Although the Post didn’t mention it, another common argument is that the increase in teen depression is due to school shootings. If that were true, we would expect to see no changes to teen depression and loneliness in places outside the U.S. that do not experience school shootings at the horrific rate that we do. Instead, adolescent loneliness and depression spiked worldwide.
Also: Social media and smartphones fundamentally changed the way teens use their time outside of school. They had the biggest impact on the day-to-day lives of the most teens. No other cause even comes close. This is the question for critics: If it wasn’t technology, what was it? In six years, no one has been able to answer that question.
The Post then says:
“A decrease in stigma around mental health conditions could also explain some of the surge: Kids were always depressed; they just weren’t always talking about it — though a rise in mental health-related emergency room visits suggests this is not the whole story.”
The rise in mental-health related emergency room visits actually suggests this is not the story at all. These are objectively measured behaviors not subject to self-report bias, and the increases are just as big or even bigger than in self-reports of symptoms. Suicide rates are also (obviously) not subject to self-report bias, and they have also increased, doubling or tripling among teens since 2010. A decrease in stigma — if there even is one — can’t explain the increases in self-harm and suicide. It’s strange that the Board brings this up and then immediately refutes it. Why waste the ink?
“Statistically, some studies have found significant associations between heavy social media use and mental health challenges; others, including an analysis focused on the more general category of ‘digital technology,’ have found that the correlation of mental health issues to spending a lot of time online is only as strong as the association between mental health problems and benign activities such as “eating potatoes.”
The “potatoes” study, which included watching TV and owning a computer as “digital technology,” has been thoroughly debunked for awhile. Two researchers from Spain concluded that the potato authors’ statistical analyses were “severely misleading,” obscuring large and meaningful links between technology use and depression. Other researchers looking at the same data and focusing specifically on social media came to the same conclusion: Heavy users of social media were twice as likely to be depressed as light users — three times as likely among girls (see Figure 4).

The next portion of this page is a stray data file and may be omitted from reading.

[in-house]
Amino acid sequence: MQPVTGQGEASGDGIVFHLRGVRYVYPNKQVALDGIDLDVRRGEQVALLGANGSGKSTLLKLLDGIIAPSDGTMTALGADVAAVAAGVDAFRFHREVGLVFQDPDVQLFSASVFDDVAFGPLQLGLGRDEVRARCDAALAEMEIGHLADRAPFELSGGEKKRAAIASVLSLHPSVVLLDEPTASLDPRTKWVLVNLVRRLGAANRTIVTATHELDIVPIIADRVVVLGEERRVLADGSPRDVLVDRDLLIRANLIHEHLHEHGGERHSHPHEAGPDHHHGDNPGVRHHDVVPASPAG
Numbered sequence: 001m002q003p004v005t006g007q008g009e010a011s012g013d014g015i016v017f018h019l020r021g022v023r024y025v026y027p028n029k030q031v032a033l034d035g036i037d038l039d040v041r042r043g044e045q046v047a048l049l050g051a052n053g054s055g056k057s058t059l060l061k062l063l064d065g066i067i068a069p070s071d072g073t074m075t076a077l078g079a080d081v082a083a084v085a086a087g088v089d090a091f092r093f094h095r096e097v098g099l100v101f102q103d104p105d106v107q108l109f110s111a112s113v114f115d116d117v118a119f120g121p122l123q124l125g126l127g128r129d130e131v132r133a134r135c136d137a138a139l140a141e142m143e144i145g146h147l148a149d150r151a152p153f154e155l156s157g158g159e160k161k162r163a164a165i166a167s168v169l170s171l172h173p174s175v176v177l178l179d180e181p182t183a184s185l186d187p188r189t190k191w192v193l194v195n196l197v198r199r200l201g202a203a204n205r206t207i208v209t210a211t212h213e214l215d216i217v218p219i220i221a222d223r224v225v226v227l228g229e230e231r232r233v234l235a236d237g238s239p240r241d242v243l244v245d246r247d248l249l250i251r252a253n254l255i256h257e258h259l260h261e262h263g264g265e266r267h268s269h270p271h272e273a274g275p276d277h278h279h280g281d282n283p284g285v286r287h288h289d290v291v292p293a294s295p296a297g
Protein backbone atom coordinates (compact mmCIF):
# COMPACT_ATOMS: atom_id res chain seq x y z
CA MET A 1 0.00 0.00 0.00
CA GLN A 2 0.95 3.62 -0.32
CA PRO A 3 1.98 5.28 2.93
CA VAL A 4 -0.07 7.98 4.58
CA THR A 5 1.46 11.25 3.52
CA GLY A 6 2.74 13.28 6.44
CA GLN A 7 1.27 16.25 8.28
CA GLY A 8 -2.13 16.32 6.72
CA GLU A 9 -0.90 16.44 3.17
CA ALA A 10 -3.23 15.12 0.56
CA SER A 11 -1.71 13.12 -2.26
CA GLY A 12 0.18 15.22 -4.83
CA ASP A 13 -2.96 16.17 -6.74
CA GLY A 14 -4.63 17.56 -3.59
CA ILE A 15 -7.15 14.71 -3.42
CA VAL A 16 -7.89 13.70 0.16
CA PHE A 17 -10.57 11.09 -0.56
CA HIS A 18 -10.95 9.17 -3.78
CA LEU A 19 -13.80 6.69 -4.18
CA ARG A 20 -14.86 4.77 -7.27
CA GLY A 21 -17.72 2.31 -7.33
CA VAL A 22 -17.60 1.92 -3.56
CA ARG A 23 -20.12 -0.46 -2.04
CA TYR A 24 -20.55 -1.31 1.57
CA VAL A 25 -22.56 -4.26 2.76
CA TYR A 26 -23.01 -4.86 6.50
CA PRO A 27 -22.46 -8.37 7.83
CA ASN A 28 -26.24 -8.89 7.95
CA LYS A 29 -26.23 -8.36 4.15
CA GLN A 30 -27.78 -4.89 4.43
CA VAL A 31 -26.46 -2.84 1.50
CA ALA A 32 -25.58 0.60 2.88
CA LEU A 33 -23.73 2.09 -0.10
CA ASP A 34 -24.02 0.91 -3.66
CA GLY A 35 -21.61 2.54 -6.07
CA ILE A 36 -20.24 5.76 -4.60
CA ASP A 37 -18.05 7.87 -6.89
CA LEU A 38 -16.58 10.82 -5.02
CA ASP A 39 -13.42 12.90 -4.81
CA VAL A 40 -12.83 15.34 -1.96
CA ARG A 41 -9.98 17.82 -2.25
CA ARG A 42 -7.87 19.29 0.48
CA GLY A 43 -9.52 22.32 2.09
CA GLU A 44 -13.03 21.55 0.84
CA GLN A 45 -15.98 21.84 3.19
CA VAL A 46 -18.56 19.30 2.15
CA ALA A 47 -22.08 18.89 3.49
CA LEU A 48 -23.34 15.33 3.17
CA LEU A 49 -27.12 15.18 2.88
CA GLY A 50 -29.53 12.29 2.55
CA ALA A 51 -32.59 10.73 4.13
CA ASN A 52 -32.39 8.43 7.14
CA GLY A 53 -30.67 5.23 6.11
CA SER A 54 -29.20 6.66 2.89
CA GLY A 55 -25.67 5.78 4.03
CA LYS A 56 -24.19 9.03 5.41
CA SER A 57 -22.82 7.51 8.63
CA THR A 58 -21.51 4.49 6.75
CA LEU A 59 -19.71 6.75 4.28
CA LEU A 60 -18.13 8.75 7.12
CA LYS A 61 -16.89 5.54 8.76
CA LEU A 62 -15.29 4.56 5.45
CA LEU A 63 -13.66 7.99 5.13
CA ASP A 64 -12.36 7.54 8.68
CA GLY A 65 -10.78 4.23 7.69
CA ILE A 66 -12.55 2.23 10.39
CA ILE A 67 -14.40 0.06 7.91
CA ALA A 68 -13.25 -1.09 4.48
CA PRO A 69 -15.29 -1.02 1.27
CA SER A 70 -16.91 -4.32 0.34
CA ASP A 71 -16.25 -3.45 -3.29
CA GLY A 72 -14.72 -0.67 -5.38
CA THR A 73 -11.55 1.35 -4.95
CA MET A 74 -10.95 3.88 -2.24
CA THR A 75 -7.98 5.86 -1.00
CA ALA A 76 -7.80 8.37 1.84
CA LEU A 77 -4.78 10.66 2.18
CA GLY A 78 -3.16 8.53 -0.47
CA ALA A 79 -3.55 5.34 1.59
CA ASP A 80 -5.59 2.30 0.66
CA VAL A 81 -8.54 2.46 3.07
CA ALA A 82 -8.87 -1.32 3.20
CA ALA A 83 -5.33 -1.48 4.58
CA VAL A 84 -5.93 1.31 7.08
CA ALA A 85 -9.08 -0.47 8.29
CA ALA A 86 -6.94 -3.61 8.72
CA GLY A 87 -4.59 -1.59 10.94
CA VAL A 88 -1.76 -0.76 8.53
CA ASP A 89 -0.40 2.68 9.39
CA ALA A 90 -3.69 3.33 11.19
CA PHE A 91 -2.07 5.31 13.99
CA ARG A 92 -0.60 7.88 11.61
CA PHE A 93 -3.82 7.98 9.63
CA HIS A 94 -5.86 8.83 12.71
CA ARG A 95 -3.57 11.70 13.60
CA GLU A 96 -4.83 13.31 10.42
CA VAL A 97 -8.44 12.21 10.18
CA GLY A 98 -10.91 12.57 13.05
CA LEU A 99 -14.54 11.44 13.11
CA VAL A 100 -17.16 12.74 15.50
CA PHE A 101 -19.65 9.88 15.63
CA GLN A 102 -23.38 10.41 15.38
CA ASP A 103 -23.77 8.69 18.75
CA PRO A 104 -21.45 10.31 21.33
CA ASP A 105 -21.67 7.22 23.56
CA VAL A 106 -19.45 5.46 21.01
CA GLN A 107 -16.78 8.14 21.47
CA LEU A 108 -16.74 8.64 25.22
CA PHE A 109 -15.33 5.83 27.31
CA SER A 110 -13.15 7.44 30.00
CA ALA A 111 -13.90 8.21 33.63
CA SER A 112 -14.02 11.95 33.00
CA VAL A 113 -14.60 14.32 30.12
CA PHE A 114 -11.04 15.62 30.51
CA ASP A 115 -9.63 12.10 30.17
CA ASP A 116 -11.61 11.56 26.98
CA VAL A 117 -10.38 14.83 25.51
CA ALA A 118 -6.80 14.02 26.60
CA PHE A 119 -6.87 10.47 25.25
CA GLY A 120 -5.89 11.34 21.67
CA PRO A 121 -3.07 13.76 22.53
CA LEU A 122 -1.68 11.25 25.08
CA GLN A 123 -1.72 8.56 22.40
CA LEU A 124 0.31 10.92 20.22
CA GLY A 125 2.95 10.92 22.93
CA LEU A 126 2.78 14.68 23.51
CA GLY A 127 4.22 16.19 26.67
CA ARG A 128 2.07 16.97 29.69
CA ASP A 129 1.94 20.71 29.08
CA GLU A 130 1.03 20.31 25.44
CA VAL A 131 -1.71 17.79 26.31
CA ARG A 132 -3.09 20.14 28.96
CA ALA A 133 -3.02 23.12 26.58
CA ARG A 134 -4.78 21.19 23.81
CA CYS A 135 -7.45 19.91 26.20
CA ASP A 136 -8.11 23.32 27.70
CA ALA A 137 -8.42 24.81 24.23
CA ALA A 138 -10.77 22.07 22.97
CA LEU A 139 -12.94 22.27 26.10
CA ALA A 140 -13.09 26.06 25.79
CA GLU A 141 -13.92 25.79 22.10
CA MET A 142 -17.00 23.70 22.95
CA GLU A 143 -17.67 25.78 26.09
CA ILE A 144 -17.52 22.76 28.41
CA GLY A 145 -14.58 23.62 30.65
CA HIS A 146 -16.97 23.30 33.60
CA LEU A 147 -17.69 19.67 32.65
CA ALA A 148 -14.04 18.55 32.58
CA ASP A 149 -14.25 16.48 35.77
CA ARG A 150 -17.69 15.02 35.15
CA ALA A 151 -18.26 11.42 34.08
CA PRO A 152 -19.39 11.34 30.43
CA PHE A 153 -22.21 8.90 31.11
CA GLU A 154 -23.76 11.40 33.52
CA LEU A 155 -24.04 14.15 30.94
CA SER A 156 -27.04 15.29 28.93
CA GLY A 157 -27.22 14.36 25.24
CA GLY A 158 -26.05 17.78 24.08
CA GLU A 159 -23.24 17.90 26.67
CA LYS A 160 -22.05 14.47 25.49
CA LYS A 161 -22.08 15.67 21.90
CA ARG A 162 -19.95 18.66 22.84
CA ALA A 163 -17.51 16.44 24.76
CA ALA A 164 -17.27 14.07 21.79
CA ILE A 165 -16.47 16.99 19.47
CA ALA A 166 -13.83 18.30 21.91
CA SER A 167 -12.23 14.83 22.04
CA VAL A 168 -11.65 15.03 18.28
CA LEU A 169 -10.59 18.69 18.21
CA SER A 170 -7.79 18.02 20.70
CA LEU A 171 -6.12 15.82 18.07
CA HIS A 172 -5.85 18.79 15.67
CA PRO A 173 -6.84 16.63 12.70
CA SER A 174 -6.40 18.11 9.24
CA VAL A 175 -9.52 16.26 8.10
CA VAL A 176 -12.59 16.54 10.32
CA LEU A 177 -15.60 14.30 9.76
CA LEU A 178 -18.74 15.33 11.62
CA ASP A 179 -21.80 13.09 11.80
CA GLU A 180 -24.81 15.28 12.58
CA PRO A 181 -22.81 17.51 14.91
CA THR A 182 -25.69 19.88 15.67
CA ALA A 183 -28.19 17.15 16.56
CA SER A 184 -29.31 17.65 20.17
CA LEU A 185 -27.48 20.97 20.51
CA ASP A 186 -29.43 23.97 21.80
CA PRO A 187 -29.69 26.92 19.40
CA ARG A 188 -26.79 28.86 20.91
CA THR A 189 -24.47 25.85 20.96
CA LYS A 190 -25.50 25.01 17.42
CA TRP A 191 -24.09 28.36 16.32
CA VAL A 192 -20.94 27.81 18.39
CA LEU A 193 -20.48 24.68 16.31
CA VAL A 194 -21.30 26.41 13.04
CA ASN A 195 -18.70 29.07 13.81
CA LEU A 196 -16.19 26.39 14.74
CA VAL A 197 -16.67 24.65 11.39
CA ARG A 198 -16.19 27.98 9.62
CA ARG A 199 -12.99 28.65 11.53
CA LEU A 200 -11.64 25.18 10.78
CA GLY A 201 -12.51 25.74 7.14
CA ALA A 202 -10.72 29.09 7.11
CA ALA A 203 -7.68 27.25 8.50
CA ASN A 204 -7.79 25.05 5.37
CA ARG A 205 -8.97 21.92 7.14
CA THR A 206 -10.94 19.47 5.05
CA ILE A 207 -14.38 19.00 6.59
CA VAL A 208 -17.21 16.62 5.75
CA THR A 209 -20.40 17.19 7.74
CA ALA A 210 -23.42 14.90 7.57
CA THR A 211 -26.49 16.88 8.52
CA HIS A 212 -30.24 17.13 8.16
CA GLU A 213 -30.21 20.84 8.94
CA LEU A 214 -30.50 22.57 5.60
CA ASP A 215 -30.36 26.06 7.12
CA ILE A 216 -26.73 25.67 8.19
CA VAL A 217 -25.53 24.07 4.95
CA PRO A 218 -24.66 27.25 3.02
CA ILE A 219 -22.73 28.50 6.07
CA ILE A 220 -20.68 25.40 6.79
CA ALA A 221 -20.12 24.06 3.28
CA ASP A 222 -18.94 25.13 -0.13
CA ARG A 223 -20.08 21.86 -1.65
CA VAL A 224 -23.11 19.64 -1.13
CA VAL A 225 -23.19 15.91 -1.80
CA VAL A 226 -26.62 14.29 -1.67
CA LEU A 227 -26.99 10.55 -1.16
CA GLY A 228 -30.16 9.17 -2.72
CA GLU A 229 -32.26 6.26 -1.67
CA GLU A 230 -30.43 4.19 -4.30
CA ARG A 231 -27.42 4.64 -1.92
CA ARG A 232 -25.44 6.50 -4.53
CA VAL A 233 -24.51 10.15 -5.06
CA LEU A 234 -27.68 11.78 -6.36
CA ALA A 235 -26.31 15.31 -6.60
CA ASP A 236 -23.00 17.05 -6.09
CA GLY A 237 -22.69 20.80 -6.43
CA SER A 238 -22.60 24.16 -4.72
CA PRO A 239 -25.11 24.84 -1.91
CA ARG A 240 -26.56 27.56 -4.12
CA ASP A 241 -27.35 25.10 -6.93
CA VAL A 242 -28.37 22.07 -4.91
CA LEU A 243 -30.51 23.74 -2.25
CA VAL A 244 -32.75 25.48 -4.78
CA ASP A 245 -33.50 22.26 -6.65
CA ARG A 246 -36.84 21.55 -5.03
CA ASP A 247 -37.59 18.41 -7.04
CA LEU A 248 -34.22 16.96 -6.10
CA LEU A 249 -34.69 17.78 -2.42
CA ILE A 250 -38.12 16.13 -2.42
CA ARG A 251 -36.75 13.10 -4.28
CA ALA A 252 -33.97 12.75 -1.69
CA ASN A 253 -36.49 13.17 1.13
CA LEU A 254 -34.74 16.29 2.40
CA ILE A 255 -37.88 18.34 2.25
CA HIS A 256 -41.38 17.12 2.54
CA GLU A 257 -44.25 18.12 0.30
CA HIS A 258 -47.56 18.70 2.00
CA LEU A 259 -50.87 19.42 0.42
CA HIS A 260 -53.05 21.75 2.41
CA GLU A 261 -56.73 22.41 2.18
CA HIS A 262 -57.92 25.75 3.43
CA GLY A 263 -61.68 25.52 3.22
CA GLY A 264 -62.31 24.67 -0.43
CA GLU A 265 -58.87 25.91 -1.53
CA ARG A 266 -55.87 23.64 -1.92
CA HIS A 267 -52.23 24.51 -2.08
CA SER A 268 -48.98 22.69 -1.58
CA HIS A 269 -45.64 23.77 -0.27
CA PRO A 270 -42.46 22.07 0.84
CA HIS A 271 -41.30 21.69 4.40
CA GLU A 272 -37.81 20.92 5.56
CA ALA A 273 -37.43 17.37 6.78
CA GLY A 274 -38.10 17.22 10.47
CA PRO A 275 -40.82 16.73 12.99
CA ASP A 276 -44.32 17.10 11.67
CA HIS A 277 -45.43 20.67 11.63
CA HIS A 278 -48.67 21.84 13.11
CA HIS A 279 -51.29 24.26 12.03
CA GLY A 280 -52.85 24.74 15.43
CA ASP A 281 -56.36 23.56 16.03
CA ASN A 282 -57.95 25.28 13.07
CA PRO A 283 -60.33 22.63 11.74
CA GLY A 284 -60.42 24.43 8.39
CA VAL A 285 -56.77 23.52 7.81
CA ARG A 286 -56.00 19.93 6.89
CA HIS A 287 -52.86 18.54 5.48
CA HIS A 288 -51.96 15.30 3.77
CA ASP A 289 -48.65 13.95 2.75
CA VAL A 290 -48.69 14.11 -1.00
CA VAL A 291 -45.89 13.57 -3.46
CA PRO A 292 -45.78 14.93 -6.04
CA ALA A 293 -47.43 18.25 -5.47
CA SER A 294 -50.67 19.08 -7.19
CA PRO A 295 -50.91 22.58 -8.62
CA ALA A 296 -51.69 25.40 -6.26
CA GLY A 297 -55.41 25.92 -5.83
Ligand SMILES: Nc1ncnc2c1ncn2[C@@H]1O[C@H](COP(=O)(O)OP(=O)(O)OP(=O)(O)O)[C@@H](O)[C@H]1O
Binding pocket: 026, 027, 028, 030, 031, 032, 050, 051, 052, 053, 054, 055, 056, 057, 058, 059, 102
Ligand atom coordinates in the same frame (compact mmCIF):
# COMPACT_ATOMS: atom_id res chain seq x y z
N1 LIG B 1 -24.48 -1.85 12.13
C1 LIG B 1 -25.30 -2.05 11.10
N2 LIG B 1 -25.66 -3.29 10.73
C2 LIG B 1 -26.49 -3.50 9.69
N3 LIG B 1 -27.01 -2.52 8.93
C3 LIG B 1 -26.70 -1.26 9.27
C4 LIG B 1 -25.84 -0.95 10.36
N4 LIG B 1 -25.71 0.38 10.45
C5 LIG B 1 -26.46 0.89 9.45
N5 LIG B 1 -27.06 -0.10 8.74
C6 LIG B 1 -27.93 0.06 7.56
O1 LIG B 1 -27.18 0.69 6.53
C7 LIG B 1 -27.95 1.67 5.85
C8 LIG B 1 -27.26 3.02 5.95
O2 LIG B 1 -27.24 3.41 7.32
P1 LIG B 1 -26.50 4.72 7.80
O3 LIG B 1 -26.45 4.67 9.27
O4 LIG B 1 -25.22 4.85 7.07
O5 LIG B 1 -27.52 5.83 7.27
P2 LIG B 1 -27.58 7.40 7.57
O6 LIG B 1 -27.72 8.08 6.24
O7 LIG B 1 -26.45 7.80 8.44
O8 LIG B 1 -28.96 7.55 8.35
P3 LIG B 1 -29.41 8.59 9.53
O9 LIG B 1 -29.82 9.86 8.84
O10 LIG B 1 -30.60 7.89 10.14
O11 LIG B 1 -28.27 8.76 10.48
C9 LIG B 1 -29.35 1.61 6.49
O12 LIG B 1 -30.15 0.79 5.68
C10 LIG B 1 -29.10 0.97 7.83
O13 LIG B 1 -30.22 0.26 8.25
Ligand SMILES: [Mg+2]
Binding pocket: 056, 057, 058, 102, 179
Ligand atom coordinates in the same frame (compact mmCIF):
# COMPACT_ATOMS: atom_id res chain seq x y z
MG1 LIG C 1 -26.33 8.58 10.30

Figure 4: Hours a day spent on social media and clinically significant depressive symptoms, U.K. teens. Source: Kelly et al. (2019).
“There’s also the possibility that what’s most harmful for the average kid isn’t social media use itself, but rather how it swallows up hours that would otherwise be devoted to the activities that science shows very clearly are beneficial for mental health, such as exercise or, crucially, sleep.”
Exactly! Time displacement isn’t the only problem with social media, but it’s up there. It’s unclear why this is presented as contradictory evidence for the harm of social media.
“The vast majority of the meaningful associations researchers have found, in any case, are merely correlational. Causal relationships have been difficult to discern …”
No, they haven’t: There have been many experiments on social media use and depression, and most show that less social media use causes mental health benefits. As just one example, people paid to give up Facebook for a month (vs. those who kept up their use) ended the time in better mental health (see Figure 6). Saying that the vast majority of the studies in the area are correlational is irrelevant — that’s because those studies are easier to do. That doesn’t undermine the existence of experimental studies that show effects.
Figure 5: Giving up Facebook and mental well-being. Source: Allcott et al. (2020).
The Post concludes,
“Yet so far, the country also lacks the evidence to conclude whether and how it is hurting them. For now, the best treatment plan is to get those answers …”
We have the evidence and the answers now. How much longer are we going to wait when rates of self-harm have quadrupled among 10- to 14-year-old girls?
There’s also the risk-benefit equation. What is the risk in restricting social media among those (say) 15 and under? Pretty low. What is the risk in doing nothing as more kids become depressed and harm themselves? Very high.
The time to call for “more research” was 10 years ago. We now have the research. Now we need action — not more more dithering.
If you enjoyed this essay and would like to subscribe to Jean Twenge’s new Substack, click here.